Problems with the 4% Rule
By Gary Silverman, CFP®
Last week I introduced the 4% rule when it comes to retirement. It means you could draw up to 4% of your portfolio your first retirement year and then, adjusting for inflation, keep that up for at least 30 years. Sounds great, but it has problems.
First, you may need your money to last more than 30 years. In cases of extreme market swings, your money could run out or even be at a surplus. There are two ways to cope with this.
The first is to begin by drawing out a smaller amount, say around 3.5%. That draw rate models around 50 years of draws with no problems. Or, you could not increase your draws if the markets don’t go up or even lower them if the market drops.
On the other hand, maybe you’re retiring later in life or have other monies to last you the first few years of retirement. In that case the 4% rule is too conservative. You might want a larger draw rate. A 5% beginning value will last around 20 years and give you more money to spend.
Another problem is that this assumes you invest your retirement portfolio in a balanced way. That means you’ve got about half your money in stocks (40-60%). If you have less than that, while safer in the short-run, your growth will suffer and the portfolio may not be able to keep up with inflation. If you have more, you are susceptible to a dramatic market decline early on.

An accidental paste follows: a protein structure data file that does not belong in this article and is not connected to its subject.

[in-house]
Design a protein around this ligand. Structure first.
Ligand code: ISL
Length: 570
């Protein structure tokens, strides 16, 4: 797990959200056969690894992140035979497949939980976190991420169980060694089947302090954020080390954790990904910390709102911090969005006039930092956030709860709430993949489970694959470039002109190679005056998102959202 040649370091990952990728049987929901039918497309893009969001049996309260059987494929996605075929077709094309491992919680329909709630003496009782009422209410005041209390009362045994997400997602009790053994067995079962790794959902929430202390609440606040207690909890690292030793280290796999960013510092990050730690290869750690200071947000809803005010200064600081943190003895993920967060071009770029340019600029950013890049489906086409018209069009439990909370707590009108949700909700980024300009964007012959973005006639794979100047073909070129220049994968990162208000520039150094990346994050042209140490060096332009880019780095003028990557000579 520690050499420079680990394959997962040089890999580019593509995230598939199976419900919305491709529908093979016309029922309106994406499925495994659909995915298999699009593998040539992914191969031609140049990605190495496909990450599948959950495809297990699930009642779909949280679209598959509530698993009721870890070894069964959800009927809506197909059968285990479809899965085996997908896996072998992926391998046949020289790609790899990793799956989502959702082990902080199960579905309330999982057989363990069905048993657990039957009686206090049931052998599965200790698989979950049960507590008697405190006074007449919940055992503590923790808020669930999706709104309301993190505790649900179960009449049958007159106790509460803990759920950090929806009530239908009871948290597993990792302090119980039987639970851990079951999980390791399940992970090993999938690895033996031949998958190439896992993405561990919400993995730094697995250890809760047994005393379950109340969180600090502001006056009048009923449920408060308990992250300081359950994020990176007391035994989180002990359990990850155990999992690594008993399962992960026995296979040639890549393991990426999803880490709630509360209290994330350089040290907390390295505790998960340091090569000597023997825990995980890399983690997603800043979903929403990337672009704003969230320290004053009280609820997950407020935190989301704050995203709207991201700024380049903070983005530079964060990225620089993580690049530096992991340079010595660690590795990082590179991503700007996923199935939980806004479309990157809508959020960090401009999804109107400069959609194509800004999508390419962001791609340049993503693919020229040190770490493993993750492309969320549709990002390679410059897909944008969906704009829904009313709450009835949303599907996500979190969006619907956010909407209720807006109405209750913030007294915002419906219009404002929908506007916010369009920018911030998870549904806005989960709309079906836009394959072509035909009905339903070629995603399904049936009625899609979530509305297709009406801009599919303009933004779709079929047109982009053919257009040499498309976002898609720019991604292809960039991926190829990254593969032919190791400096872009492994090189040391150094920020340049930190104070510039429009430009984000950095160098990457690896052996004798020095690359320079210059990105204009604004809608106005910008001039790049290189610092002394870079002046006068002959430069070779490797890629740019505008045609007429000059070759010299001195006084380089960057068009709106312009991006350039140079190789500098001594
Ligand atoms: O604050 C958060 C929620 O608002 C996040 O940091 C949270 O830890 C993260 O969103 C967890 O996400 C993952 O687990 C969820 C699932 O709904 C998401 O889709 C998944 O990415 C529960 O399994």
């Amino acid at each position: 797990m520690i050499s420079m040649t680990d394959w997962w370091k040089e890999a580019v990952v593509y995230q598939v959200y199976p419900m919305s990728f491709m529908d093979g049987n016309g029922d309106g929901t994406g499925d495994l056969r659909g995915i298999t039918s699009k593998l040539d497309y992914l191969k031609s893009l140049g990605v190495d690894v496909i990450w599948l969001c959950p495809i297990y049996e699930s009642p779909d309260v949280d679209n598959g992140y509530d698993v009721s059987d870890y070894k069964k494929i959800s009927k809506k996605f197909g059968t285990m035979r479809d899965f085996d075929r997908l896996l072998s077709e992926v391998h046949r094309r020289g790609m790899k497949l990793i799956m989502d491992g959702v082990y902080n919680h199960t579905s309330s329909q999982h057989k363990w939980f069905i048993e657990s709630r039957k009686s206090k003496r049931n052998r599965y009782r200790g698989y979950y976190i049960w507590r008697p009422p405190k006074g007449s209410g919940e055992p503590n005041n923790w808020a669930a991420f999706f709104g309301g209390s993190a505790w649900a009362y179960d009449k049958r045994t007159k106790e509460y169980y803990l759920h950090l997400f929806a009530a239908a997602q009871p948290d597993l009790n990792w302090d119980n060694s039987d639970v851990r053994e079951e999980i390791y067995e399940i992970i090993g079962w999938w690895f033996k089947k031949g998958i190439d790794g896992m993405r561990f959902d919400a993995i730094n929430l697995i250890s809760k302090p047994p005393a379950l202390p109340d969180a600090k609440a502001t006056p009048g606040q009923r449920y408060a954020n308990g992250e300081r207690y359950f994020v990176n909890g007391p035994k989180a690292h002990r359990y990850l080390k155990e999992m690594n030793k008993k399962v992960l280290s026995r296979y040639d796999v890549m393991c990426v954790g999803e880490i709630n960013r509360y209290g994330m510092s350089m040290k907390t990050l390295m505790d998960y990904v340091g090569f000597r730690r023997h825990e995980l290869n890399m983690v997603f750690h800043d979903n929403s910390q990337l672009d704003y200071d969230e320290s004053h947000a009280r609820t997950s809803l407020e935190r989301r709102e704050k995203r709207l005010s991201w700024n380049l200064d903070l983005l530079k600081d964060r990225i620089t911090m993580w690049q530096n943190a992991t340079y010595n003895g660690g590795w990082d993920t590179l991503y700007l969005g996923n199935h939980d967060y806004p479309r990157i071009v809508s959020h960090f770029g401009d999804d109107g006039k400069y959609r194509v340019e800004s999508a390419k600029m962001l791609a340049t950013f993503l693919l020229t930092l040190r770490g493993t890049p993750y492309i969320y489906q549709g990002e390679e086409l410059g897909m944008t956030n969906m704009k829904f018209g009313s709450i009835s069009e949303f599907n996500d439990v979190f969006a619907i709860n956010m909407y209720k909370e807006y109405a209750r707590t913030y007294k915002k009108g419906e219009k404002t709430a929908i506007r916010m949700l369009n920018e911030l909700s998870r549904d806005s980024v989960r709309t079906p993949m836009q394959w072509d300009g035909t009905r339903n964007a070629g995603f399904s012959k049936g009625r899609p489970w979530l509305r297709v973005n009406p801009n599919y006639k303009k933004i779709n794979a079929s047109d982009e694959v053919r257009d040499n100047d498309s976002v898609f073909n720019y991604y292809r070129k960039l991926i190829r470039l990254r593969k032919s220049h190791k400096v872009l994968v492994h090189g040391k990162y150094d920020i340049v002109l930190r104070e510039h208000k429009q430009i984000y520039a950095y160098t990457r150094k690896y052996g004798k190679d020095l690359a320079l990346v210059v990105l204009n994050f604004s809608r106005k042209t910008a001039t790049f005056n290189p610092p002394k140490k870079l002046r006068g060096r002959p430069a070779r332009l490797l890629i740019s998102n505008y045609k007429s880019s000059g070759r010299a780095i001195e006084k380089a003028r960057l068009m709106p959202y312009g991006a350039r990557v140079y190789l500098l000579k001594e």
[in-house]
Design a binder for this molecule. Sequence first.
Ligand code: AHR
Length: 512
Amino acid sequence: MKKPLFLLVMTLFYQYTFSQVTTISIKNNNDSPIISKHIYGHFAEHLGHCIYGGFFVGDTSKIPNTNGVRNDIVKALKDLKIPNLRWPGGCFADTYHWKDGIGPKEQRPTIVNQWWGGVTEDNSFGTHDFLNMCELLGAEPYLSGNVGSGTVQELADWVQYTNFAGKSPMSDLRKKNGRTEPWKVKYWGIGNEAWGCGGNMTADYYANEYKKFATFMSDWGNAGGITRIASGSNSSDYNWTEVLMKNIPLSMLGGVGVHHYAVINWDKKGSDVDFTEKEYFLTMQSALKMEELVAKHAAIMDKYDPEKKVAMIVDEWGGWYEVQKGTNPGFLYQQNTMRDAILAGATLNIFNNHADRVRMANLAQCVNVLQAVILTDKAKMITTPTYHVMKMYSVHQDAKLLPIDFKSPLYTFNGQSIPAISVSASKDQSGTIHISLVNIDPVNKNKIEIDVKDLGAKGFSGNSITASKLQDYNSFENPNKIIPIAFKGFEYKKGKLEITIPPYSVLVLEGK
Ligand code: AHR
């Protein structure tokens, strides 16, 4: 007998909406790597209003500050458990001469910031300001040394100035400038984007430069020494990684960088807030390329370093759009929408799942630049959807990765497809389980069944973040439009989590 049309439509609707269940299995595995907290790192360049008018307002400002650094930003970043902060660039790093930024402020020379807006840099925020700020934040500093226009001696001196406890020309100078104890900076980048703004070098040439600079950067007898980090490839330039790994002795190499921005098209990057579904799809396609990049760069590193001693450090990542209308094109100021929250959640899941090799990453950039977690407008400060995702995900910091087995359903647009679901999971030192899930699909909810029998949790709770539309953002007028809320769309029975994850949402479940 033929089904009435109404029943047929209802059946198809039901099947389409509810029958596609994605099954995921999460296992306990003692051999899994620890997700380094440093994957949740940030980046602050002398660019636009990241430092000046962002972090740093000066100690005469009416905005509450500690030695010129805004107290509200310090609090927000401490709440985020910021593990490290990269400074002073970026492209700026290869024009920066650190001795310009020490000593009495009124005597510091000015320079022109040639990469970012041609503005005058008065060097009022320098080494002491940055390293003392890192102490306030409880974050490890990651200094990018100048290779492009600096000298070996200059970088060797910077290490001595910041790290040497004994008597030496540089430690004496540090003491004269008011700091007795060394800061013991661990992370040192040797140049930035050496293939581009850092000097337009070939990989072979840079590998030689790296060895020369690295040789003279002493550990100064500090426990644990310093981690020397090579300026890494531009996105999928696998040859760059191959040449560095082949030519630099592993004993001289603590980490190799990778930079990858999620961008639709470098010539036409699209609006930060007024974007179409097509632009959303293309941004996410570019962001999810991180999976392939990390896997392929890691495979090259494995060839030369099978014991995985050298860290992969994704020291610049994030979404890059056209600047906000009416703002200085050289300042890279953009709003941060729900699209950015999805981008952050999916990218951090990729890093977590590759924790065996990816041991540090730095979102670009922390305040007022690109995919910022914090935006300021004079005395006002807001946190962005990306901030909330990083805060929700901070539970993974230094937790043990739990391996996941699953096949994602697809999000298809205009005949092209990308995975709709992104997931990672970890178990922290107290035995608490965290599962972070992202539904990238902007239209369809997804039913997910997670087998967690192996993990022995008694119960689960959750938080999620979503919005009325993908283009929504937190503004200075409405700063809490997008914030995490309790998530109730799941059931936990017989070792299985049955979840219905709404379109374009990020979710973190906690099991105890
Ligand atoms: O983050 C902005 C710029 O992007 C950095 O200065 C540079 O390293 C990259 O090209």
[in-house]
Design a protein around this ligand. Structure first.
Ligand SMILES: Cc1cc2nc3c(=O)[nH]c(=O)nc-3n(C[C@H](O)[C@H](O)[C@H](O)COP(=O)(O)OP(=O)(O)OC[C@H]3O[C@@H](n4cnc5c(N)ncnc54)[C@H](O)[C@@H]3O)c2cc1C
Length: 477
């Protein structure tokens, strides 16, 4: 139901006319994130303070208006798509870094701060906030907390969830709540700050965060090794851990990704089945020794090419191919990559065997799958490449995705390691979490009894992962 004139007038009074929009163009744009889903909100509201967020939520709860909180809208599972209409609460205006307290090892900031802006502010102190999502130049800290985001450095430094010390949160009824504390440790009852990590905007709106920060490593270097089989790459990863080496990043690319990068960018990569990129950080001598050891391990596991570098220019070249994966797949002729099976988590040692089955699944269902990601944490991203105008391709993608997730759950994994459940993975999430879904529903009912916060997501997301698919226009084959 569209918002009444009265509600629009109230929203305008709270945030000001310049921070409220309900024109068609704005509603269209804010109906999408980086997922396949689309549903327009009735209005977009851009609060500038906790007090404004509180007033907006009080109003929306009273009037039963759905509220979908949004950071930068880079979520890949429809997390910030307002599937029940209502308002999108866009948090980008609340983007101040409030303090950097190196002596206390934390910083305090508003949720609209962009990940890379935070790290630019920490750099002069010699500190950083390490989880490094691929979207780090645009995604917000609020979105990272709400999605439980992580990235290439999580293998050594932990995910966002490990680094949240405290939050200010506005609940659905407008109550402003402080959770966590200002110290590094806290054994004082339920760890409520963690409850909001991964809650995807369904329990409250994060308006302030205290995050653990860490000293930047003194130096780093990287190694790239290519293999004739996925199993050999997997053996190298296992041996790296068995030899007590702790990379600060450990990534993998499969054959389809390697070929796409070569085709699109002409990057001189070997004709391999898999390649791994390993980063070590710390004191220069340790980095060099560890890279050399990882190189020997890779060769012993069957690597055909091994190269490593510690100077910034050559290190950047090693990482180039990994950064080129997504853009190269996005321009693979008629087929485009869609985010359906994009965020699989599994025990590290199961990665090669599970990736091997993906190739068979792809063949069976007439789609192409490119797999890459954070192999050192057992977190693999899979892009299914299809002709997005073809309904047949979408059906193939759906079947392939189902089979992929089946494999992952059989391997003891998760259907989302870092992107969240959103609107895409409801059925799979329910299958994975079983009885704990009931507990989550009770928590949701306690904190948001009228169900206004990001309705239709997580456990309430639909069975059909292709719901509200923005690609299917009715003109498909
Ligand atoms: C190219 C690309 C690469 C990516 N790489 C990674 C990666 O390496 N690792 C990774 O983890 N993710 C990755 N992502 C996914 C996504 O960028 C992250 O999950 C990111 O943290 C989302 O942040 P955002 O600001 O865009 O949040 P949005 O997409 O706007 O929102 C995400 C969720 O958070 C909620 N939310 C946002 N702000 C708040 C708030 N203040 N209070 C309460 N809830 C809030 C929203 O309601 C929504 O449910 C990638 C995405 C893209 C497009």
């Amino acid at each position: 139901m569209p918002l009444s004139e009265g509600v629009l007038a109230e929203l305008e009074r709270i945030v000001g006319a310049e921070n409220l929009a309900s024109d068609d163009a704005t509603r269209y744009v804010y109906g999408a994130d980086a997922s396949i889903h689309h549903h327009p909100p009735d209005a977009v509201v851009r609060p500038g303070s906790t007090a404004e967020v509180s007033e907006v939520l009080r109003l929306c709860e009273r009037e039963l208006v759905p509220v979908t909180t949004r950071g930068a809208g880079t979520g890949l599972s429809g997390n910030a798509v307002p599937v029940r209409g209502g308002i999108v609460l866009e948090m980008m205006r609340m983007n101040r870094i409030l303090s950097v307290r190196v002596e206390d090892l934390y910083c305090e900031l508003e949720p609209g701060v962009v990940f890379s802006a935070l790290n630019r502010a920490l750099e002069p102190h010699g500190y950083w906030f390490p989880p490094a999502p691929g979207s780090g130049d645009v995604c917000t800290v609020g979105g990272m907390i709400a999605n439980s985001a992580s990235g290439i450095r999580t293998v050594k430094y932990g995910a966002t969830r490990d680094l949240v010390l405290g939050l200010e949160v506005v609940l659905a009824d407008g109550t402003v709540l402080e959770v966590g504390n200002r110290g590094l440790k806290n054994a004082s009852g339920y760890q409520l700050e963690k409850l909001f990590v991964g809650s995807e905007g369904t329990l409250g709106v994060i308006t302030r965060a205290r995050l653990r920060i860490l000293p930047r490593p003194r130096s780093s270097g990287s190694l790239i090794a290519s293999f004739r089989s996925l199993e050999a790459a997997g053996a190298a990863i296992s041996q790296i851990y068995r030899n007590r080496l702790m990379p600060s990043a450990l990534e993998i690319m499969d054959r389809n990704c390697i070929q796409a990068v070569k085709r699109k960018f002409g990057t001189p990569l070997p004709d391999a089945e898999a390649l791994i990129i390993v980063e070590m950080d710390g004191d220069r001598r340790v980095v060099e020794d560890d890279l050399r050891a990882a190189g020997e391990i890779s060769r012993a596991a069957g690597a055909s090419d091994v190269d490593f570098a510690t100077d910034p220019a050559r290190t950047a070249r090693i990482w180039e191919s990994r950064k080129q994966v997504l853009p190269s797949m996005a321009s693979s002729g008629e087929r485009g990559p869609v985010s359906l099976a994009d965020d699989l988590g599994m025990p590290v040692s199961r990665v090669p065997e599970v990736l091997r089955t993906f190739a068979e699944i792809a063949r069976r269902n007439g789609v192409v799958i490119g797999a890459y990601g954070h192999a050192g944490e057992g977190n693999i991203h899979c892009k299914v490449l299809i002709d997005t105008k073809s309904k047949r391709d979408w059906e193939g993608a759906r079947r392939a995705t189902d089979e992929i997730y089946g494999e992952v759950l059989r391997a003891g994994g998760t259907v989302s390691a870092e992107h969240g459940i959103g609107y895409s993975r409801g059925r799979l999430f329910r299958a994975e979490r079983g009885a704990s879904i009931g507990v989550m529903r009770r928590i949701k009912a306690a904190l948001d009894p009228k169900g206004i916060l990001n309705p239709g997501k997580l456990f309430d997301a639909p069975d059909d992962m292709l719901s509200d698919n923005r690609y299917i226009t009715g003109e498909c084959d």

Then there are taxes. When I say you can withdraw 4%, I’m talking about a pre-tax number. If your money is in a Roth IRA then your pre- and post-tax number is the same. If it is in a Traditional IRA, then you’ll have to pay Uncle Sam first and only get to spend the remainder.
Oh, and the 4% rule, it’s not really a rule. It is a guideline based on facts over the last 100 years. Different studies put the number somewhere between 3.5% and 5.0%. But what if the next 100 is very different?
Many professional publications and bloggers are questioning whether the withdrawal rate is set too high. They are worried because, while the historic long-term average on returns of stocks is around 10% per year, most predictions put the next many years at a 5-8% return. And as you can imagine, less return allows less withdrawals. So their logic is based on the idea that if a 4% draw rate is good with stocks returning 10%, you might need to drop things down to 2-3% if stocks are returning less.
While I do not doubt it will be different, I doubt it will be all that much so. After all, last I saw the ‘30s and the ‘70s both had some pretty miserable markets, and the 4% rule would have worked then. Are things going to be all that much different? I say no, but I don’t know this. I am not a prophet.
Gary Silverman, CFP® is the founder of Personal Money Planning, LLC, a Wichita Falls retirement planning and investment management firm and author of Real World Investing